Dessert Nachos

November 6: National Nachos Day

We blogged before about savory nachos—crispy corn tortilla chips held together with refried beans and melted shredded cheese. Sometimes they are also topped with spiced ground meat, fresh sliced tomatoes/lettuce leaves/jalapeños/onions/cilantro and creamy condiments like sour cream and guacamole.

We also enjoy sweet nachos as a dessert after our Mexican meals. The corn tortilla chips are replaced with baked flour tortilla wedges sprinkled with cinnamon-sugar. Toppings include fresh cut fruits to mimic their savory counterparts (strawberry=tomatoes, kiwi=lettuce and cilantro and mango=cheese). We also crowned our dessert nachos with vanilla ice cream to resemble sour cream. It is a colorful confection to share and indulge in, especially on National Nachos Day! 


For the chips

  • ¼ – 1/3 cup melted butter
  • 4 – 5 soft flour tortillas, medium size
  • Cinnamon sugar

For the chips

  • Mango, sliced into thin slivers
  • 3-4 strawberries, chopped
  • 1 kiwi, skinned and chopped
  • Vanilla ice cream (see Notes for substitutions)
  • Fresh mint leaves (optional garnish)


Brush melted butter on both sides of each of the flour tortillas. Sprinkle generously with cinnamon sugar. Stack the tortillas and cut them into 6-8 wedges. 

Place them on a baking pan lined with foil or parchment paper (do not overlap the wedges). Bake in a preheated oven at 375 degrees F for 5 minutes. Remove from the oven and turn the wedges on the other side and bake for another 5 minutes. Remove from the oven and allow the butter-cinnamon-sugar mixture to caramelize and the chips to cool to a crisp.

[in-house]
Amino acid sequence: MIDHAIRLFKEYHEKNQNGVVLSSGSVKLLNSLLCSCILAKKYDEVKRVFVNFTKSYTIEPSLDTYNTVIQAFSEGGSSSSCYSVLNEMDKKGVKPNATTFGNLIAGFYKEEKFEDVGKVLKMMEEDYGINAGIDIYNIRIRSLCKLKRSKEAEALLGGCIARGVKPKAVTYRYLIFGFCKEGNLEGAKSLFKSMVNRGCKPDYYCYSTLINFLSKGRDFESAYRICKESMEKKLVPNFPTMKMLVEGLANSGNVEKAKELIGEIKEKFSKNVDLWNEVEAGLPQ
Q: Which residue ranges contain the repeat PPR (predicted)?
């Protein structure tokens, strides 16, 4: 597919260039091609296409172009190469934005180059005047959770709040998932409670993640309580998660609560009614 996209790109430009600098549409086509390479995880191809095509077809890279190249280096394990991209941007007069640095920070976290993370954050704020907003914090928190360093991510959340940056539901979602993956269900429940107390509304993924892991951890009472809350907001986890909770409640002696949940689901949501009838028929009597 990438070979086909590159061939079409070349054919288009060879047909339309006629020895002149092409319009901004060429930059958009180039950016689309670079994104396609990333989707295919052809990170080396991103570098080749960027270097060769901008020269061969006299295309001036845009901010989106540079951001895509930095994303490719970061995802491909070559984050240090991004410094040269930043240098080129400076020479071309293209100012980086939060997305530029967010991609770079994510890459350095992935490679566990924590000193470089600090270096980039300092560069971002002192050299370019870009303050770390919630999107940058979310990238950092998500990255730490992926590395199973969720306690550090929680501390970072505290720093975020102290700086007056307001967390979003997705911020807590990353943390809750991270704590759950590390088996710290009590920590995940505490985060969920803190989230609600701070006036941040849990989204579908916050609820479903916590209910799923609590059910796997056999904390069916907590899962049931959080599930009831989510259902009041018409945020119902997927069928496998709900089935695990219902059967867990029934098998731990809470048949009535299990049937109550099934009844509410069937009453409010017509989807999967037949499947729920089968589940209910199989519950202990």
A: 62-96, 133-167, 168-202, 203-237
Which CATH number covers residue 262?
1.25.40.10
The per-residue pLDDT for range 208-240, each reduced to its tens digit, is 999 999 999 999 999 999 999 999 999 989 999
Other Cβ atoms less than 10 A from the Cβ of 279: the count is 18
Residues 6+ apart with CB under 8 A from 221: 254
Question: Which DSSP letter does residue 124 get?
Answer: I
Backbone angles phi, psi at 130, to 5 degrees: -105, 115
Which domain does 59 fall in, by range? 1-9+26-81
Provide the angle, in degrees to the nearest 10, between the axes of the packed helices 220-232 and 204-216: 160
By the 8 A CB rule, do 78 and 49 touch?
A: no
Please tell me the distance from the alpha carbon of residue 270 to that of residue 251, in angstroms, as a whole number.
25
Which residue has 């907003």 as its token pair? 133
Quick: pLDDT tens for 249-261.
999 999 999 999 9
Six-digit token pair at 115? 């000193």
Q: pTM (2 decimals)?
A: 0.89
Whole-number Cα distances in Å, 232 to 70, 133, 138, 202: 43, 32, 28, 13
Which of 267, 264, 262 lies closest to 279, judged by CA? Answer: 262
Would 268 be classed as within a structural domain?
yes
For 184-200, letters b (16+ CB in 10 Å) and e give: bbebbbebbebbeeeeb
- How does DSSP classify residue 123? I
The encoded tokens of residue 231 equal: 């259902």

While the tortillas are baking in the oven, slice the mango into thin slivers and chop the strawberries and kiwi. Arrange the tortilla chips onto a plate. 

Scoop 3 rounds of ice cream in the middle of the chips. Scatter the mango slivers and chopped strawberries and kiwis on top. Garnish with mint leaves (optional). Serve immediately.


  • Choose other favorite fruit toppings for a unique dessert nachos.
  • Instead of vanilla ice cream, use dollops of sweetened whipped cream or vanilla yogurt.
  • It is optional to drizzle chocolate sauce or dulce de leche (caramel) over the dessert nachos.

Raw Meat Rice Krispies

October 31: Halloween

Life is busy but we always try to enjoy the festivities around one of our favorite and fun holidays—Halloween. In between the cake club and culinary book club meetings with Halloween potluck themes, and the trunk-or-treat and fall harvest socials at church, we just do not have a lot of time to prepare something elaborate but still want to impress friends and family with creative and creepy cuisine.